The record may harness an especially raw and to the point style of death/doom but that doesn’t mean their songwriting is totally void of anything worth bouncing along to. Purtenance have managed to craft a great flow to their sound and, if anything, the searing absence of polished production has resulted in music that isn’t being covered or needlessly cleaned up, thereby allowing the band to strike through the mire and play exactly the kind of music they wish without it getting bogged down within anything unnecessary. Should they wish to implement more melody into their songwriting they can do that; if they want to utilise more atmosphere into their craft they can do that. It may result in a blunt performance, but Purtenance have a lot more room to work with in terms of songwriting freedom.
If there’s anything that might make people unsure regarding this record, it’s down to the vocals. Rather, it’s how the vocals have been mixed into the record on the whole. While frontman Aabeg Gautam is proven to be a stellar vocalist for what Purtenance require, and through his deliveries through their last album, 2020’s Buried Incarnation, his vocals throughout this album come off not merely in your face but somewhat disconnected from the rest of the record, and the band’s performance. It can sometimes feel like the two forces are performing separately from one another, only coming together from time to time. On the other hand, I did find that this uncertainty regarding the effectiveness of the vocals I felt was at the start of the record, and as I resumed through the album it only became all the more natural to hear and feel these vocals alongside the aesthetically raw and stripped back songwriting and production. Ultimately, I feel the vocals are going to received greatly through subjective lenses for people will receive in greatly varying ways.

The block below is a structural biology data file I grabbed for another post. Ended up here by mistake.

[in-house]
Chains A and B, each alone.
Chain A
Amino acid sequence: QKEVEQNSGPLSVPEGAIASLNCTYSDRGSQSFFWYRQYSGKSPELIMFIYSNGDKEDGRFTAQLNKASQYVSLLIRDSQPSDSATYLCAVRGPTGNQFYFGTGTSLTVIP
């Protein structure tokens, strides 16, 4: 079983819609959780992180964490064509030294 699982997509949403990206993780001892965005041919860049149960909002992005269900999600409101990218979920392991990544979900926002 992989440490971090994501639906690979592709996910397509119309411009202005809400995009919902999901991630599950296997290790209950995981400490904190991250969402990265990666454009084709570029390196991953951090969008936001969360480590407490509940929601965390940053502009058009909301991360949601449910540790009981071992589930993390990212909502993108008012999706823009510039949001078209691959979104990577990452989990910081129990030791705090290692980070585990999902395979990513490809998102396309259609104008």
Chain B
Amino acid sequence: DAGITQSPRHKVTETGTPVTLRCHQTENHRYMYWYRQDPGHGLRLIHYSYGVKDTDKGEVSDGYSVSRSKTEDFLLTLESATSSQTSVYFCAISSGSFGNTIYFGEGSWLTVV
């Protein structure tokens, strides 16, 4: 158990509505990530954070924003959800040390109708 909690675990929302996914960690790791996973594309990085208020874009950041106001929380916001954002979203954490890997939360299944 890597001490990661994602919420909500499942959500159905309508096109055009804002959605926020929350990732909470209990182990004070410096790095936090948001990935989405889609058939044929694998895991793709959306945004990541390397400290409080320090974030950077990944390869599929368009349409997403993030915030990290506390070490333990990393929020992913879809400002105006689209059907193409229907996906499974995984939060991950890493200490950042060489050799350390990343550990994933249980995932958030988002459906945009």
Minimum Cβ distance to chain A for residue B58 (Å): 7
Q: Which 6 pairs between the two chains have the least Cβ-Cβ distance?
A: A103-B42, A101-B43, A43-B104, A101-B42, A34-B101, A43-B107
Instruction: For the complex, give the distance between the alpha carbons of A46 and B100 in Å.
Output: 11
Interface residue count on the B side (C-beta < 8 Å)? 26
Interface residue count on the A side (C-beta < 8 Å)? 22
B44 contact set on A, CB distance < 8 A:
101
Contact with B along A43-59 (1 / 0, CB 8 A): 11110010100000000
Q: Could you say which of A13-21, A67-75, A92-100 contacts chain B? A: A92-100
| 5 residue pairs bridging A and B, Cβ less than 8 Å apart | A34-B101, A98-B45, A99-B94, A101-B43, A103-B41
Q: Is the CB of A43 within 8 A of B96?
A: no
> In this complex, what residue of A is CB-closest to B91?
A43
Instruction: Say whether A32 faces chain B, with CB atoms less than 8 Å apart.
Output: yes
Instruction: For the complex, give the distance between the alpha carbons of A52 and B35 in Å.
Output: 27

In conclusion, The Rot Within Us is a death/doom record that absolutely refuses to apologise or compromise for what fans old and new alike will discover inside. From beginning to end, Purtenance proudly purport this album as the raw, straightforward force that it is and provide nothing that could suggest otherwise. I do feel like the mix could have used a marginal tweaking here and there, at the very least to give those vocals a more refined space amongst the rest of the band’s performance, but other than that I can’t complain. It’s honestly refreshing to encounter a death/doom record that hasn’t been dressed up and polished with great swathes of bass or atmosphere in some attempt to smother its audience in dread; with this perspective one can appreciate Purtenance for what they’ve provided herein. Far from seeking something revolutionary, Purtenance seek to craft something they’re happy with and owing by their performance, especially the stellar concluding track provided here, I’d say they’re satisfied with what they’ve created, and it rips too.